Congress, don’t meet with the Muslim Brotherhood

 Amr Darrag, a senior member of Egypt’s Muslim Brotherhood, will be speaking at Georgetown University on Thursday, and he is trying to extend his speaking gig into a lobbying tour, as other Brotherhood-aligned delegations have done in the past.


U.S. officials and members of Congress would be wise to decline Darrag’s requests for meetings: The Muslim Brotherhood is an international hate group that seeks to overthrow the region’s existing governments, and Washington should have no interest in allowing the Brotherhood to score a propaganda victory by giving Darrag an audience during his visit.

The list of the Muslim Brotherhood’s hatreds is extensive. Darrag’s organization notoriously incites against Egypt’s Christian community, with Muslim Brothers frequently offering justifications for terrorist attacks on churches and other Christian targets. The Muslim Brotherhood also promotes anti-Semitic conspiracy theories, mourned arch-terrorists such as Osama bin Laden and the “Blind Sheikh,” Omar Abdelrahman, and developed sharia interpretations to justify terrorist attacks on a wide array of targets.

These bigotries reflect the Brotherhood’s long-term political agenda: It seeks to achieve power in countries across the Middle East, after which it will unify those countries under its control and declare a “global Islamic state,” or neo-caliphate. In reality, this is a very far-fetched vision. The Brotherhood was unable to control Egypt for more than a year, and has little shot of dominating the region.

But this isn’t how Muslim Brothers see it – they are indoctrinated to believe that their organization will achieve regional control, which they equate with the victory of Islam. And the Brotherhood, therefore, regards anyone who isn’t on board — Christians, Jews, the West, Muslims who oppose it — as enemies who must either submit or be defeated.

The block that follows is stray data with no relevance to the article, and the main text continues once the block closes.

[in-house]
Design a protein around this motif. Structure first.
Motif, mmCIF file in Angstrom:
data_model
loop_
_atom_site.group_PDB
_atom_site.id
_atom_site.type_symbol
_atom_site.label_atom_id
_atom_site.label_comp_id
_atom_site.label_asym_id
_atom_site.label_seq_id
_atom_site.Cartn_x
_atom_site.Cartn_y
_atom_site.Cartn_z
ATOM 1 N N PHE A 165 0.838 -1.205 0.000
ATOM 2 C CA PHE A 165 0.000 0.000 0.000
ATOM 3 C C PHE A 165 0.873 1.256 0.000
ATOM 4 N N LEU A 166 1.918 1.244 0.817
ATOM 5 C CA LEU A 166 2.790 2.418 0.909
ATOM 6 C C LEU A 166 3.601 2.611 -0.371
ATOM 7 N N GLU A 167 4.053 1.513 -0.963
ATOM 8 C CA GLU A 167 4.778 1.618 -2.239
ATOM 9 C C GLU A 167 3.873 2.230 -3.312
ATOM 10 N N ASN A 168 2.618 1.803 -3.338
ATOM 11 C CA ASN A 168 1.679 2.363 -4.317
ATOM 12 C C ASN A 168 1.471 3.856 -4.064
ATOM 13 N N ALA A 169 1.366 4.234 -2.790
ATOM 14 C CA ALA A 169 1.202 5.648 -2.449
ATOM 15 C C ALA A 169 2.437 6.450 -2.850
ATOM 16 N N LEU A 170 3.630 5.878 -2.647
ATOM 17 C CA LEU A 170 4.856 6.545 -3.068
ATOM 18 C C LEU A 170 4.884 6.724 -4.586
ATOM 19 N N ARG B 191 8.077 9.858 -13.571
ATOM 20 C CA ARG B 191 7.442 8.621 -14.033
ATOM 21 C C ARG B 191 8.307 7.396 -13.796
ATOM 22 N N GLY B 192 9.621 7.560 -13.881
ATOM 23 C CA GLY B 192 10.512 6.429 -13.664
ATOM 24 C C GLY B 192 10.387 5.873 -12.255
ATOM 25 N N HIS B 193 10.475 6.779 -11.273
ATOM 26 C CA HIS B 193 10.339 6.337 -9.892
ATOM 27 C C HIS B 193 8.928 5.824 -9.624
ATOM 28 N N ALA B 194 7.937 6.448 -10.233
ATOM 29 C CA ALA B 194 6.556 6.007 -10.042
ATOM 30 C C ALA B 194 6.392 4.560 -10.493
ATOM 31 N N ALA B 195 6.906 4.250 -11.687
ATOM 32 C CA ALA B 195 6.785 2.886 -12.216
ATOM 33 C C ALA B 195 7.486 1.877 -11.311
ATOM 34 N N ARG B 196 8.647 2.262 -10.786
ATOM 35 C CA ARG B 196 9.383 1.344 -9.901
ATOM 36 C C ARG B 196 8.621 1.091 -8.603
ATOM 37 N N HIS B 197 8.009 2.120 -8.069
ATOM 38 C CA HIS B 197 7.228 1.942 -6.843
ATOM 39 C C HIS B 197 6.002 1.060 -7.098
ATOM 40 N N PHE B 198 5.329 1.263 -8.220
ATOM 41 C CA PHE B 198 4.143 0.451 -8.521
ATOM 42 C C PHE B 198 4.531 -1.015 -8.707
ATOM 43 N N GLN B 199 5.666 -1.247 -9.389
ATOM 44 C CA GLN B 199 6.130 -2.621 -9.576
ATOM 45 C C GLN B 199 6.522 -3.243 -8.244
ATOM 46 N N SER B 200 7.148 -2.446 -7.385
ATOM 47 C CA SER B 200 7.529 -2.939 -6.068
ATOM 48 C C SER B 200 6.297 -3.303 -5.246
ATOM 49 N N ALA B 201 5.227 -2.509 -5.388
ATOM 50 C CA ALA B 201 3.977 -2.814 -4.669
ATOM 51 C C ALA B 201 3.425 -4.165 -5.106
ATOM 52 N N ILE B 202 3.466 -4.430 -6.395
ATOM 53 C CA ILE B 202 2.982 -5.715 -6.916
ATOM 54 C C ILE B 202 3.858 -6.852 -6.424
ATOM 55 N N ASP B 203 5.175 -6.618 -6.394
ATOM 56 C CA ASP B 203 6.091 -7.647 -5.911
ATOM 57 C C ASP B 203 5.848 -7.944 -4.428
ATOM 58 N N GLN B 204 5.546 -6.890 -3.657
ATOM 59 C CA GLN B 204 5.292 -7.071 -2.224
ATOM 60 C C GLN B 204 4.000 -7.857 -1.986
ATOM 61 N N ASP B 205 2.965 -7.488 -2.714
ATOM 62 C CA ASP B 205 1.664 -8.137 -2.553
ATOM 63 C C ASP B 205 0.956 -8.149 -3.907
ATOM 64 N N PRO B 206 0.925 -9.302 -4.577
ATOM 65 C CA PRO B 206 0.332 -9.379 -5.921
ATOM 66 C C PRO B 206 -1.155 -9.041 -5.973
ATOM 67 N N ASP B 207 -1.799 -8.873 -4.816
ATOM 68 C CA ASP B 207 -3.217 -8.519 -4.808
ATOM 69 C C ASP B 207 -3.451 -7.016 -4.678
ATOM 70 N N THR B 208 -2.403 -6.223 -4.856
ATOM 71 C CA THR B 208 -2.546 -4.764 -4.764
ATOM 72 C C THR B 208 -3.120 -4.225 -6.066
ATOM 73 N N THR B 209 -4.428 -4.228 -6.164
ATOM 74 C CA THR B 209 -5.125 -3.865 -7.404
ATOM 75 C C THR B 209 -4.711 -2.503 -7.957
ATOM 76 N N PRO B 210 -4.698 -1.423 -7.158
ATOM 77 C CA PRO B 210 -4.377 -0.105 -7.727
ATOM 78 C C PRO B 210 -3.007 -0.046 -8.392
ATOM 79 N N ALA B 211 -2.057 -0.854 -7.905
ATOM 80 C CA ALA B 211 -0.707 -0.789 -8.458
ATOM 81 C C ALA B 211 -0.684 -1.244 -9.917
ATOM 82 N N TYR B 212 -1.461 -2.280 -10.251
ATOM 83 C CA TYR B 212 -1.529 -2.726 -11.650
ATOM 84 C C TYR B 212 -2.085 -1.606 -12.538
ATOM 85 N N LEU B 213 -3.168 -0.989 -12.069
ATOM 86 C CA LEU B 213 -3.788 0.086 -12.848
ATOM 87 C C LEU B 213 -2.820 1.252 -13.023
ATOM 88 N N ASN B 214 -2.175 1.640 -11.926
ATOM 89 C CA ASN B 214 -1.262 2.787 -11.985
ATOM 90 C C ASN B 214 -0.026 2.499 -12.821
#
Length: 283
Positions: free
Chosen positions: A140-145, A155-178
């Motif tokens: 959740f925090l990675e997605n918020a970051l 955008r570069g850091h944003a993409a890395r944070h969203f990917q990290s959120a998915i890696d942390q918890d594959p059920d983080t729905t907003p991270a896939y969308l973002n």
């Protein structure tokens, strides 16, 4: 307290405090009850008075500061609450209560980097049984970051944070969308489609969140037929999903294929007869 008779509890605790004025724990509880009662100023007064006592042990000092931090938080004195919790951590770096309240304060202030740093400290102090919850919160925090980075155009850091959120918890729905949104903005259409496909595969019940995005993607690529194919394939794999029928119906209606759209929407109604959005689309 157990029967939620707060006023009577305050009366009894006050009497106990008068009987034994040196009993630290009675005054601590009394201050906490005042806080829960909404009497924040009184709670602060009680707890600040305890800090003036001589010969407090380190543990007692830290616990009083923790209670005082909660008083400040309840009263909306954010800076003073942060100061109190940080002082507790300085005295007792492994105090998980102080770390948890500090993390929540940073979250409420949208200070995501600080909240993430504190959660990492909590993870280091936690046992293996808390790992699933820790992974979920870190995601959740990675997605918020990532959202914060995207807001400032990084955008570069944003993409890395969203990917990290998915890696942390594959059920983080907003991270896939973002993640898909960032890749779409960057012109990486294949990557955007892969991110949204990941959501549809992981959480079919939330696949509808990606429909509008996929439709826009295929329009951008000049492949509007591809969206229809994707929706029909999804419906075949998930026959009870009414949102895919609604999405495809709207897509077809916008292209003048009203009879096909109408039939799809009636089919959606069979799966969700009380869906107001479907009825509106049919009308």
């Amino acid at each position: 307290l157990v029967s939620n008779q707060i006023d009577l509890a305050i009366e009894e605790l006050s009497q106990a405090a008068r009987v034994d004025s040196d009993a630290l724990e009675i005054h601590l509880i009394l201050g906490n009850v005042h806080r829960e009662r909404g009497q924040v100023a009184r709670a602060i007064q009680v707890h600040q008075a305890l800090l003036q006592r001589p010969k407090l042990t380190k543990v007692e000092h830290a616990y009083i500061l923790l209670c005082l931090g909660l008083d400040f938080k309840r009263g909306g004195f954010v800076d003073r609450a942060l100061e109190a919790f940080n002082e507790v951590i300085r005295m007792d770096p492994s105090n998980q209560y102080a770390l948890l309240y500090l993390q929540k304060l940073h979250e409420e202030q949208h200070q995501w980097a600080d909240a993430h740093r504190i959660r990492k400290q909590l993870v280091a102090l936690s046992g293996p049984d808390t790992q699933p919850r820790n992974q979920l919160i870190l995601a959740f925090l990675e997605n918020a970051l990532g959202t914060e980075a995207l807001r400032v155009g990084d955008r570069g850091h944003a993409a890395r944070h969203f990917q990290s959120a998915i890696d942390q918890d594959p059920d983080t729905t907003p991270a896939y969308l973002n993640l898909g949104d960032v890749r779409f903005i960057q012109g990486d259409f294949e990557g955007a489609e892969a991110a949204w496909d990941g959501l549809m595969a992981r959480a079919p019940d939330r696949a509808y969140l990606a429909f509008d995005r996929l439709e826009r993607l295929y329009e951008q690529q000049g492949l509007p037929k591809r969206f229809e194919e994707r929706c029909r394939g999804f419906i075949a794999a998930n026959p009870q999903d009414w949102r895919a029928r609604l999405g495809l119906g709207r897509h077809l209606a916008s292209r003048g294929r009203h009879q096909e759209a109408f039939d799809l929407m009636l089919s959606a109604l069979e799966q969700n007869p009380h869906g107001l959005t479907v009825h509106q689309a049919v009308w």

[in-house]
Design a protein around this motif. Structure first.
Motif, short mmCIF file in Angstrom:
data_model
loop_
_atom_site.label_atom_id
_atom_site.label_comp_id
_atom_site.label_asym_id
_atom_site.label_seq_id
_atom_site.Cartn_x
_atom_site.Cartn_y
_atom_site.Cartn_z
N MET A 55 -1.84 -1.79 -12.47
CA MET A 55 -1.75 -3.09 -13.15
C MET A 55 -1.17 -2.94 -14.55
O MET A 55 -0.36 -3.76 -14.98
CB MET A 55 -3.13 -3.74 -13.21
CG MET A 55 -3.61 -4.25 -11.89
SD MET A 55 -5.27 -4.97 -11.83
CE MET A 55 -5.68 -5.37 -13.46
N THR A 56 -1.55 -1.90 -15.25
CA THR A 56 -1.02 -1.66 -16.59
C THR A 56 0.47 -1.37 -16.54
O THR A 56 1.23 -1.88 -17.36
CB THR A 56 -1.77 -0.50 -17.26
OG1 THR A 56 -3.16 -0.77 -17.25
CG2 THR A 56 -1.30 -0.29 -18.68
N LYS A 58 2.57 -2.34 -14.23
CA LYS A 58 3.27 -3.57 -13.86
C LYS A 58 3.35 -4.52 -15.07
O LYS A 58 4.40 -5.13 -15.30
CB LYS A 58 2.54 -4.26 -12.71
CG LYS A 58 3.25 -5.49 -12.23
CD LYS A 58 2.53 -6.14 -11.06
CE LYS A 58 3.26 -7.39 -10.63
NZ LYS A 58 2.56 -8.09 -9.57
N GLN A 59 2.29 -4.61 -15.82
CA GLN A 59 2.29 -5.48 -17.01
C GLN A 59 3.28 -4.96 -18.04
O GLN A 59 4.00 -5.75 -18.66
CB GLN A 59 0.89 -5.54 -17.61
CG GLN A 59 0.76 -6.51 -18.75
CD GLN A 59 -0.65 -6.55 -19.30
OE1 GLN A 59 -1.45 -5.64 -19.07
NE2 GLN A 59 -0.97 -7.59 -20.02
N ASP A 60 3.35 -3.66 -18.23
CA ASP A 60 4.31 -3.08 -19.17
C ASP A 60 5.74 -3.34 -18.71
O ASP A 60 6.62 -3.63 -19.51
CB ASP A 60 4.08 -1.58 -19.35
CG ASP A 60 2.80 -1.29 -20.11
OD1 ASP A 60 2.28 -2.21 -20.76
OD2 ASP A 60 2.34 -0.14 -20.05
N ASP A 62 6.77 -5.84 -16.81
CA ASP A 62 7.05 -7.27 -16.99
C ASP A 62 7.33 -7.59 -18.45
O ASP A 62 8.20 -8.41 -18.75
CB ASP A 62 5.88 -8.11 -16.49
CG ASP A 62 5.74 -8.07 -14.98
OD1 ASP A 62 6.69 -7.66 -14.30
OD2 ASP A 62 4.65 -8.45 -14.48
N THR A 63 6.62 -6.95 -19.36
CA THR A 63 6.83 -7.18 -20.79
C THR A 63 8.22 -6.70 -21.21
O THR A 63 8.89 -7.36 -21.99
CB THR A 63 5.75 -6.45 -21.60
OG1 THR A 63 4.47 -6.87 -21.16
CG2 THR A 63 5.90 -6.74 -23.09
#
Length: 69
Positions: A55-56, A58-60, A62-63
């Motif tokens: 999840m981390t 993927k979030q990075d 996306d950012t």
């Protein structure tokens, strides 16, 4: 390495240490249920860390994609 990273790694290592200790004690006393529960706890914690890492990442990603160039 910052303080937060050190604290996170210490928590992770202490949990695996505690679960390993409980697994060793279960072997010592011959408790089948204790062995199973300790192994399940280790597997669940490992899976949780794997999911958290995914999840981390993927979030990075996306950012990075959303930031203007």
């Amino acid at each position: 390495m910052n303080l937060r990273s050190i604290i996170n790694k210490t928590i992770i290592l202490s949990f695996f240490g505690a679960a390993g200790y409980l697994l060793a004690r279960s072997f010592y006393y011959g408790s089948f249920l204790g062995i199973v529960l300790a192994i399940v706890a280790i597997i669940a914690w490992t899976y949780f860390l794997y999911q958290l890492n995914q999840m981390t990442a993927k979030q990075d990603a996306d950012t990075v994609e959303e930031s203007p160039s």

To be sure, Darrag strikes a different image from many Islamist figures. Far from being a long-bearded firebrand, he is a soft-spoken engineer who earned his Ph.D. at Purdue University, and he briefly served as Minister of International Cooperation under Muslim Brotherhood leader Mohamed Morsi, who was elected Egypt’s president in June 2012. But Darrag’s tame demeanor belies his central role in one of the Brotherhood’s most power-hungry — and ultimately costly — decisions during Morsi’s yearlong presidency.

Darrag served as secretary-general of Egypt’s Islamist-dominated Constituent Assembly, which rammed its constitution through to ratification in December 2012. The exclusivist manner in which Darrag oversaw the drafting of the constitution, and the constitution’s restrictive language pertaining to the interpretation of sharia, reinforced widespread fears that the Brotherhood would impose theocracy in Egypt and contributed to the mass mobilization against Morsi that preceded his toppling in July 2013.

After Morsi’s ouster, Darrag fled to Qatar, and later to Turkey, where he established the Egyptian Institute for Political and Strategic Studies (EIPSS). The institute presents itself as a scholarly think tank, but it often promotes violent interpretations of Islamic texts. In one EIPSS article, for example, a Salafist writer argues that jihad is “obligatory to end the sedition of the existence of polytheism and disbelief in the land,” and writes that non-Muslims can either convert to Islam or live under Islamic rule and pay a special tax known as “jizya.”

In another EIPSS article, an Islamist youth compiles excerpts from writings of cleric Muhammad al-Ghazali, in which al-Ghazali argues for “the sacred duty of the struggling Islamic nation to wage jihad to reform every regime whose foundation is not in accordance with the teachings of Islam,” and warns against the supposed threat of secularists.

In a third piece, a Muslim Brother interprets jihad as a broadly inclusive but violent struggle against tyranny — implying a struggle against the current Egyptian government. (“Revolts against murderers and thugs can only be militant,” he writes.)

U.S. officials and members of Congress should keep this extremism in mind when Darrag requests meetings with them during his visit to Washington. While Darrag has a clear interest in lobbying against an Egyptian government that is brutally repressing the Brotherhood, American officials should have no interest in giving Darrag a propaganda victory by welcoming him into their offices. And that is precisely what Darrag will be seeking.

In recent years, Brotherhood delegations have publicized meetings with administration officials that were meant to be off-the-record and exaggerated their outreach to Congress, including the posting of photos and videos of their meetings with Hill staffers.

Indeed, the Brotherhood wants to appear accepted in Washington’s corridors of power, even as it otherwise promotes a hostile political vision. Washington should respond by demonstrating its awareness of Darrag’s violent advocacy and sending him back to Istanbul with a blank schedule.

Eric Trager, a fellow at the Washington Institute for Near East Policy, is the author of “Arab Fall: How the Muslim Brotherhood Won and Lost Egypt in 891 Days.”


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